2015 Volume 22 Issue 3 Pages 247-256
Aim: Cardiac and renal diseases are common disorders that frequently coexist. We tested the hypothesis that the levels of circulating endothelial-derived apoptotic microparticles (EDA-MPs; CD31＋CD42b−AN−V＋) and platelet-derived apoptotic microparticles (PDA-MPs; CD31＋CD42b＋AN−V＋) are useful biomarkers for predicting the presence of cardiorenal disease (CRD).
Methods: A total of 68 patients with chronic kidney disease (CKD) and angina pectoris (CKD-AP) undergoing cardiac catheterization were prospectively enrolled into group 1, 10 patients with coronary artery disease (CAD) without CKD were enrolled into group 2 (CAD＋CKD−) and 10 patients without CAD and CKD were enrolled into group 3 (CAD−CKD−).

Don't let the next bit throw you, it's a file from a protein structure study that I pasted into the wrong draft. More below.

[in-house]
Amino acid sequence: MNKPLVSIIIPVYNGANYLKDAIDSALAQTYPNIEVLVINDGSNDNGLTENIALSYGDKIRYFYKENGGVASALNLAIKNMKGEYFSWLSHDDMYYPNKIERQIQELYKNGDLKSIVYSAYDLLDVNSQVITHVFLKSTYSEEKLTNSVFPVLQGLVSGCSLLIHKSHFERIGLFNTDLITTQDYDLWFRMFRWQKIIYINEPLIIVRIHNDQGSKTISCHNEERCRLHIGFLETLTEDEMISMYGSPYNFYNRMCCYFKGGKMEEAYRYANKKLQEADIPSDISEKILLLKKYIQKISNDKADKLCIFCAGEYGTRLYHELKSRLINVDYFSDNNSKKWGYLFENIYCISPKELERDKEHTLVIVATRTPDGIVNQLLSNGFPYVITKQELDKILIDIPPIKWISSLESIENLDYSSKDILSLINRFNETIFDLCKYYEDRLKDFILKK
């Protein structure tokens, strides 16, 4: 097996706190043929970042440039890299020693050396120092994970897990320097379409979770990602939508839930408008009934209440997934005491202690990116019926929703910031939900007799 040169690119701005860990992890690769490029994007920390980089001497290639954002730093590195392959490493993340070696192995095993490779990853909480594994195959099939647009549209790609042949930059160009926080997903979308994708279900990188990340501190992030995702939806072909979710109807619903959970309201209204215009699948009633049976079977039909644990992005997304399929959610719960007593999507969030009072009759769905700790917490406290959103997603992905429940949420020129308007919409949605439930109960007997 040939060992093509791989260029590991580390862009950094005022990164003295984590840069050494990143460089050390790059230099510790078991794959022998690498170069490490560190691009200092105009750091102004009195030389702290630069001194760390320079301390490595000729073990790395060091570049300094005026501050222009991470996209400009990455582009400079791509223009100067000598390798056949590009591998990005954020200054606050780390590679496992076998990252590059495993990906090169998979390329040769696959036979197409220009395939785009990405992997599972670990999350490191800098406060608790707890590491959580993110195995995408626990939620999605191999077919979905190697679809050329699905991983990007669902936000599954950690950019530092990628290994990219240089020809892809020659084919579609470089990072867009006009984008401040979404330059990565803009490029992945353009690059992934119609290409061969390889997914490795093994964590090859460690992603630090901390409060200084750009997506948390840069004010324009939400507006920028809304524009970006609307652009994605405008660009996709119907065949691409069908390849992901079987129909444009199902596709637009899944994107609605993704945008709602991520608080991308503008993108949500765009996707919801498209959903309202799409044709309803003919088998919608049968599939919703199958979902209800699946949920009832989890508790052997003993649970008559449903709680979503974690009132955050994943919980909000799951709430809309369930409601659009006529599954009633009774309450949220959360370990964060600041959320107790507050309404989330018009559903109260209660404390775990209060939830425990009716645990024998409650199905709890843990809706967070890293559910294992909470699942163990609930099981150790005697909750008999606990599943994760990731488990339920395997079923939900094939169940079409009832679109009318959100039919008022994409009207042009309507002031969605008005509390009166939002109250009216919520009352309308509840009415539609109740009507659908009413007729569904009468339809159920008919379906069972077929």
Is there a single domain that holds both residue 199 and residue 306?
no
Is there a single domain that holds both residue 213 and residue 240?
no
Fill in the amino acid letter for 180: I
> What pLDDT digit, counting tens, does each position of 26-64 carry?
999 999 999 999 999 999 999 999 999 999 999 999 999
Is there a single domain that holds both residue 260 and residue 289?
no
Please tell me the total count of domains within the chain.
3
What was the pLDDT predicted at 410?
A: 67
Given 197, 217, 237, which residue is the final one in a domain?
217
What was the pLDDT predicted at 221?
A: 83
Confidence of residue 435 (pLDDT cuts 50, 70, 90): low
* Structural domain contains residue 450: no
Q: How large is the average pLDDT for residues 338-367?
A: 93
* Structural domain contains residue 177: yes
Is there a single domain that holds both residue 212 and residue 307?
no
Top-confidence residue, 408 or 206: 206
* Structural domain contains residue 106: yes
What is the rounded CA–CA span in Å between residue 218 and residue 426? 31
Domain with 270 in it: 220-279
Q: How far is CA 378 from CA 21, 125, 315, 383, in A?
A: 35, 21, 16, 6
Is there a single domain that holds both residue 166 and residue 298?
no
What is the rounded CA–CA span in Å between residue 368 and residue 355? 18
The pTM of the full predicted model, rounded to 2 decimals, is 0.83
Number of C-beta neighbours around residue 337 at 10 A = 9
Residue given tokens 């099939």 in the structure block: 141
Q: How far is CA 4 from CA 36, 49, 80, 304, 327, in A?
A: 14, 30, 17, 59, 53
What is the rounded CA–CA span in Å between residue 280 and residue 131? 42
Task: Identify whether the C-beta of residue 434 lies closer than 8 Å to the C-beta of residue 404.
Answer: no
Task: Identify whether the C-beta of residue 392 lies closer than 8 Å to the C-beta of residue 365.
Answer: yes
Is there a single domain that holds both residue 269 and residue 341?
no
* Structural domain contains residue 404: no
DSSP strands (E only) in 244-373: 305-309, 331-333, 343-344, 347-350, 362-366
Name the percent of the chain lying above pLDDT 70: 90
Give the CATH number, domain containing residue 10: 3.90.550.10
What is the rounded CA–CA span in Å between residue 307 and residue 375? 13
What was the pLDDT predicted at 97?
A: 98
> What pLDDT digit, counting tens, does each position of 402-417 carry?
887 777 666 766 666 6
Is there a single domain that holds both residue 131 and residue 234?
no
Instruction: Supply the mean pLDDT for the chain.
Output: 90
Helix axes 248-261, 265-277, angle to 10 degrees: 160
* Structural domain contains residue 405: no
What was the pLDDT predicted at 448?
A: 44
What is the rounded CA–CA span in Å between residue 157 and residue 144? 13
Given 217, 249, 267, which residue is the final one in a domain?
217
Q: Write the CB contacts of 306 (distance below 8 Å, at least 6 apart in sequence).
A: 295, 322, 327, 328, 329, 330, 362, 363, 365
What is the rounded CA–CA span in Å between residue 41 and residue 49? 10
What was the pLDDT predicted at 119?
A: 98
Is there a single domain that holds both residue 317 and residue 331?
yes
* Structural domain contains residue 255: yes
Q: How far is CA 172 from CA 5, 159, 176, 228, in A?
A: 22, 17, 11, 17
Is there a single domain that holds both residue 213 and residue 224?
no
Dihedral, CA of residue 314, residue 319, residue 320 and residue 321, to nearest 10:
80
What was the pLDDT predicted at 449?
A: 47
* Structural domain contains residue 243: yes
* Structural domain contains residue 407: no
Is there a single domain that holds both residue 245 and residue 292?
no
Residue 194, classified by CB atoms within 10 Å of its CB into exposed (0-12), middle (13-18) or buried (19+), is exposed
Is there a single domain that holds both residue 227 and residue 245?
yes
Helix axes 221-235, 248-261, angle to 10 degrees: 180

Results: The serum creatinine levels were significantly higher, whereas the estimated glomerular filtration rates (eGFRs) were significantly lower, in group 1 than in the other two groups (all p＜0.02). The circulating levels of EDA-MPs and PDA-MPs did not differ between the patients with and without CKD (all p＞0.2). However, the circulating levels of EDA-MPs and PDA-MPs were significantly higher in group 2 than in groups 1 and 3 (all p＜0.03). In addition, differences were noted in the circulating EDA-MP and PDA-MP levels between groups 1 and 3, although without statistical significance (all p＞0.09). Meanwhile, among the CKD patients, the subgroup analysis showed that the levels of MPs were significantly higher in those with CAD than in those without (all p=0.001), while a multivariate analysis demonstrated that CAD was the only factor independently predictive of high levels of circulating EDA-MPs and PDA-MPs (p=0.033).
Conclusions: The link with increased circulating levels of MPs is more consistent in patients with CAD than in those with CKD.